There is a strong association between severe Alzheimer's disease neuropathological changes (ADNC) and cognitive impairment across age groups; however, people who die after the age of 80 experience a degree of cognitive decline that exceeds expectations based on the severity of their disease, the researchers noted.
"TDP-43 proteinopathy, hippocampal sclerosis pathology, and the associated amnestic dementia increases with advanced age, while the prevalence of severe ADNC decreases in extreme old age," they wrote.
"The presence of pathological TDP-43 in these cases suggests a novel disease mechanism in older adults. As there is currently no universally agreed upon terminology or staging system for common age-related TDP-43 proteinopathy, this condition is under-studied and not well recognized even among investigators in the field of dementia research," they added.
Implications for Alzheimer's disease trials
The definition of a new dementia disorder comes at a grim time for Alzheimer's disease research. The field has been preoccupied with the hypothesis that disease can be addressed by targeting the buildup of beta-amyloid plaque in the brain, but numerous drugs intended to reduce this buildup have failed over the years. Most recently, Biogen Idec and partner Eisai terminated two late-stage studies of their antiamyloid monoclonal antibody aducanumab in March.
Nelson and colleagues called for additional research into LATE, noting that there is some overlap of genetic risk factors for LATE and frontotemporal dementia and Alzheimer's disease.
"Formalization of LATE diagnostic criteria and increased awareness of this disease should help guide the design and interpretation of Alzheimer's disease clinical trials," they advised.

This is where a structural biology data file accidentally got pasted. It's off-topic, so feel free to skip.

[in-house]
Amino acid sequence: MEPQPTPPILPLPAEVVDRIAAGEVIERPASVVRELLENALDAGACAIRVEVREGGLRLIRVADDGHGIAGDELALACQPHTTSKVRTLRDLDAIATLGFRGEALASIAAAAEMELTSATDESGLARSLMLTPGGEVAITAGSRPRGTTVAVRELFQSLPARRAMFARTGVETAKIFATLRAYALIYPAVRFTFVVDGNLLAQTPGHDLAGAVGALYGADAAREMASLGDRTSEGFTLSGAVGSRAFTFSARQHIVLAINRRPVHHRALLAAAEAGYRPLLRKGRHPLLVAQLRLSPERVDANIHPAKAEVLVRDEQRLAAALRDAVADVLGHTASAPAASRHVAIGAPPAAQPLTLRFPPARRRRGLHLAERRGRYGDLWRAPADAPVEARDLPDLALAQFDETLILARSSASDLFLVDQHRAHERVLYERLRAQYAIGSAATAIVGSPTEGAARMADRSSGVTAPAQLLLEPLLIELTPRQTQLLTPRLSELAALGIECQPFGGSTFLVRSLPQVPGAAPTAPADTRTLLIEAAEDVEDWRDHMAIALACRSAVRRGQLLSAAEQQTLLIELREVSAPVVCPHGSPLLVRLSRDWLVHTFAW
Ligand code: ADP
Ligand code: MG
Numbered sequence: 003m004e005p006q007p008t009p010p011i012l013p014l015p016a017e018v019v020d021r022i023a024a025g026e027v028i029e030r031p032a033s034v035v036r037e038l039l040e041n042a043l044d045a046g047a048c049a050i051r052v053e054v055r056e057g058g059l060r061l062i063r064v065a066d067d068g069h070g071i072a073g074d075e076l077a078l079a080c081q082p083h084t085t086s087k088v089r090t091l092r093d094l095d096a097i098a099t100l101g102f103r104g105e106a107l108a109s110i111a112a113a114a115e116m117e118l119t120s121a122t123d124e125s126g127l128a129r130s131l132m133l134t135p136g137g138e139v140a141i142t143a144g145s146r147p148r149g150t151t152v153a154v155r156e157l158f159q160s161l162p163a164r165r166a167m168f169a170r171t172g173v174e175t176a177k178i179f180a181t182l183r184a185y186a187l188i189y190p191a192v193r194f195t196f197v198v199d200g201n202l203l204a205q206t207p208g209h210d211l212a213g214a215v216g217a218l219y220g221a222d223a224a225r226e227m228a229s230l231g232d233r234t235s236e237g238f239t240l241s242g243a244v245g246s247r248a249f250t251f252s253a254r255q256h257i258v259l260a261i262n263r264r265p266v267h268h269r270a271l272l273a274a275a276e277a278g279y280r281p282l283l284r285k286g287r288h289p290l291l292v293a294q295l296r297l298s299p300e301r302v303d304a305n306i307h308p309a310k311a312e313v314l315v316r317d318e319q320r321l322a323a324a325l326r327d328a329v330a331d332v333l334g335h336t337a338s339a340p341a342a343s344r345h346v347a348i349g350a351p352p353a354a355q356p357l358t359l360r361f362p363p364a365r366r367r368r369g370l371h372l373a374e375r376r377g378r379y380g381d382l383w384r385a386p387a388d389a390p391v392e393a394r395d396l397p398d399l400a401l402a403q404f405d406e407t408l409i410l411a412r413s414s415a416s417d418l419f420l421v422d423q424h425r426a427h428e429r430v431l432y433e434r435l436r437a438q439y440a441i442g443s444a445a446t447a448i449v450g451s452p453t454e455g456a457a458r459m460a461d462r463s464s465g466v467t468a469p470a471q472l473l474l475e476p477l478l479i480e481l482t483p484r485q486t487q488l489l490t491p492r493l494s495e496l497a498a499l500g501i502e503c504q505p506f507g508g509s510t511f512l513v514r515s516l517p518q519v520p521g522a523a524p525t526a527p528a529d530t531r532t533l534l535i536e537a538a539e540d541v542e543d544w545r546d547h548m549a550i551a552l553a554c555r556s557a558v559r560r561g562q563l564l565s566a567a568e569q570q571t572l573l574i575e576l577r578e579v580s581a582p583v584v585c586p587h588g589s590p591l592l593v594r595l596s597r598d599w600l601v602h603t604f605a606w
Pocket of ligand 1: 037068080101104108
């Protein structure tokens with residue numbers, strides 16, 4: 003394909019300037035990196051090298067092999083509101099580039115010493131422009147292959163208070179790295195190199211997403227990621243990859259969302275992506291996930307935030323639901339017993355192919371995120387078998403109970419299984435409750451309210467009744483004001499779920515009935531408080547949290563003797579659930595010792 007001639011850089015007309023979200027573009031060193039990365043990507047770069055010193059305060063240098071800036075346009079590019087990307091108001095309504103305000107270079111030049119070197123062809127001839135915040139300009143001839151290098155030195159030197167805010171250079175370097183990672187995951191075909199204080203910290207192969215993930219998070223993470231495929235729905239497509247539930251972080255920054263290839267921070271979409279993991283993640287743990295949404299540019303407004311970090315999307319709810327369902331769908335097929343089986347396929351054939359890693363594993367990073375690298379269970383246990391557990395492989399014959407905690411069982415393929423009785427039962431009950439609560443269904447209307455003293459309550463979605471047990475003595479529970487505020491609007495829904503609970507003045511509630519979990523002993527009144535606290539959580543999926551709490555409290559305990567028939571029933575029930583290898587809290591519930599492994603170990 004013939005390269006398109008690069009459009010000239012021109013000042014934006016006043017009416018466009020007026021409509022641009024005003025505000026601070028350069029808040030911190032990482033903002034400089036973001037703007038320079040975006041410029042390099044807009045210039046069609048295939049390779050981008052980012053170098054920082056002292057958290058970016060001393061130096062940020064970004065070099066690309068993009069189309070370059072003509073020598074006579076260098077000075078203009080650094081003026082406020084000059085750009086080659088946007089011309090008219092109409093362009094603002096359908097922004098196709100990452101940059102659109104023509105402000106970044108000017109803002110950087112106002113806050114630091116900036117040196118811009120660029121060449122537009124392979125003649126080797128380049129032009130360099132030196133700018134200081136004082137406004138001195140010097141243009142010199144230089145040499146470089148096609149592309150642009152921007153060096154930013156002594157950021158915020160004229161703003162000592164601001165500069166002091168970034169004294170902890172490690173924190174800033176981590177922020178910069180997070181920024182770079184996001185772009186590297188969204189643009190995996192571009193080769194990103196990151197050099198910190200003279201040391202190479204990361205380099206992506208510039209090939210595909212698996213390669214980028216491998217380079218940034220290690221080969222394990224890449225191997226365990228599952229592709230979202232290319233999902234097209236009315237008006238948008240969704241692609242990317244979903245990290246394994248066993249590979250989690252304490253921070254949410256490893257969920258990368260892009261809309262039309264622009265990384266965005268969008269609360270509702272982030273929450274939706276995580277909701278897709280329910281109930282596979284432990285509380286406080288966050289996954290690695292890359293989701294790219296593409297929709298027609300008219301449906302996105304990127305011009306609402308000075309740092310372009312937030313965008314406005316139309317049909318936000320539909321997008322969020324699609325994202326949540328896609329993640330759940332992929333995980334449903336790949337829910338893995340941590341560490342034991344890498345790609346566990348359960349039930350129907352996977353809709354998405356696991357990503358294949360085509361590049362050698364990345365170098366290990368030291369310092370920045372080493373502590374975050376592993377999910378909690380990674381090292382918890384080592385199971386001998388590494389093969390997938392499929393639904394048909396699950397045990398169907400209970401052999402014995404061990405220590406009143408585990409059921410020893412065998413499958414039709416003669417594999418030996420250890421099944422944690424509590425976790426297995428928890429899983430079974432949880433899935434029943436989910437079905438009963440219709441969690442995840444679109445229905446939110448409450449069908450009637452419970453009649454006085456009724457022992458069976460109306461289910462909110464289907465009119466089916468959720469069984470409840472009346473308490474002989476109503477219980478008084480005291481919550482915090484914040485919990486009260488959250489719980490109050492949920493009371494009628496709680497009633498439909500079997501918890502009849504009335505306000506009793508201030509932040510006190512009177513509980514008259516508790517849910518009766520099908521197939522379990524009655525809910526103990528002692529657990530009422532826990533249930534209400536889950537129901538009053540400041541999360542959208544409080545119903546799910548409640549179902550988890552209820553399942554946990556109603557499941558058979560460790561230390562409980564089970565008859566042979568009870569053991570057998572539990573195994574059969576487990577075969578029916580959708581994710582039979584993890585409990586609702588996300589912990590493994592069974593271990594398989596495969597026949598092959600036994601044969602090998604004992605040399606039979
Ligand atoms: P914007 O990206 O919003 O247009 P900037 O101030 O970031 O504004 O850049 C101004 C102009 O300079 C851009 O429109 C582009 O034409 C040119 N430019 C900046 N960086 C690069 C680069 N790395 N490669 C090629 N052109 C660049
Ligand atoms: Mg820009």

No molecule-specific biomarker has been identified for LATE, and more studies are needed about the clinical and pathological progression of the disease. The guidelines on the pathological staging of LATE just published in Brain are preliminary and will need to be updated over time.
Nelson et al wrote that while a biomarker has not yet been identified, genetic studies have provided insights about the nature of the disease. They noted that five genes have risk alleles associated with LATE-NC:
- Granulin (GRN) on chromosome 17q
- Transmembrane protein 106B (TMEM106B) on chromosome 7p
- ATP-binding cassette subfamily member 9 (ABCC9) on chromosome 12p
- Potassium channel subfamily M regulatory beta subunit 2 (KCNMB2) on chromosome 3q
- Apolipoprotein E (APOE) on chromosome 19q
"Optimal biomarkers for LATE, including biofluids or PET ligands, would be specific for the disease-defining feature, namely TDP-43 proteinopathy," but these do not appear to be on the near-term horizon, Nelson and colleagues wrote.
Clinical trials in Alzheimer's disease need to be powered to account for TDP-43 proteinopathy and "development of specific LATE biomarkers(s) should be a high scientific priority," they wrote.
Clinical trials directed at preventing or treating LATE, on its own or with other brain diseases, "should be a major direction for future research," they concluded.